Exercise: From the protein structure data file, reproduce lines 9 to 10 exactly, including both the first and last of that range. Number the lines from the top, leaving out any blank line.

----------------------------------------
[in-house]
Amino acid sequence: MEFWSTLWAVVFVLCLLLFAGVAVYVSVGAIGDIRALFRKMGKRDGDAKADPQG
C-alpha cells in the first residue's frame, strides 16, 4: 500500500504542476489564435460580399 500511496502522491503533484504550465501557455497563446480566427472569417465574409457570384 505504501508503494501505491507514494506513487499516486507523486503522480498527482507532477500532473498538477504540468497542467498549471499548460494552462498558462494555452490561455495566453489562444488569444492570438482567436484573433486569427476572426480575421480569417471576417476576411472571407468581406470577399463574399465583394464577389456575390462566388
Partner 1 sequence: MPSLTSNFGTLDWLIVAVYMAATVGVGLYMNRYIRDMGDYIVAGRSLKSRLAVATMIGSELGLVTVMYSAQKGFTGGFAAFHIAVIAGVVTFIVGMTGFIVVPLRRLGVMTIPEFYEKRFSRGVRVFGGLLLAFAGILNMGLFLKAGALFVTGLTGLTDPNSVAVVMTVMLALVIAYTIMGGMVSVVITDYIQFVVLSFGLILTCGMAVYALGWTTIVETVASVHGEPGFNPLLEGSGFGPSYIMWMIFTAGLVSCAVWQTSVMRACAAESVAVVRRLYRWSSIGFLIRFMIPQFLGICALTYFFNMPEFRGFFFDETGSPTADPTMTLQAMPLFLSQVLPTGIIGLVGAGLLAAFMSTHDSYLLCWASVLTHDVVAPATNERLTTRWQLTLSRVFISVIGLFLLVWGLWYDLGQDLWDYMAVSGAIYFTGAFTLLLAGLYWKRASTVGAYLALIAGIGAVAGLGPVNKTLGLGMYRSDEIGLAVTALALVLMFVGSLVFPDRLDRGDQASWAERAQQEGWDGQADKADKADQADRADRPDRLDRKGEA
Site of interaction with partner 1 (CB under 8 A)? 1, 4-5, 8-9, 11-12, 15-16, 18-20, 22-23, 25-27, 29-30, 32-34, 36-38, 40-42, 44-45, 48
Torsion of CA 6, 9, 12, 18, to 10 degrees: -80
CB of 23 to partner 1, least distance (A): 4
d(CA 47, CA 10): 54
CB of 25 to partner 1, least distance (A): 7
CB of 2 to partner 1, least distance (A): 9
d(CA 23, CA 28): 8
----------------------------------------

CB of 25 to partner 1, least distance (A): 7
CB of 2 to partner 1, least distance (A): 9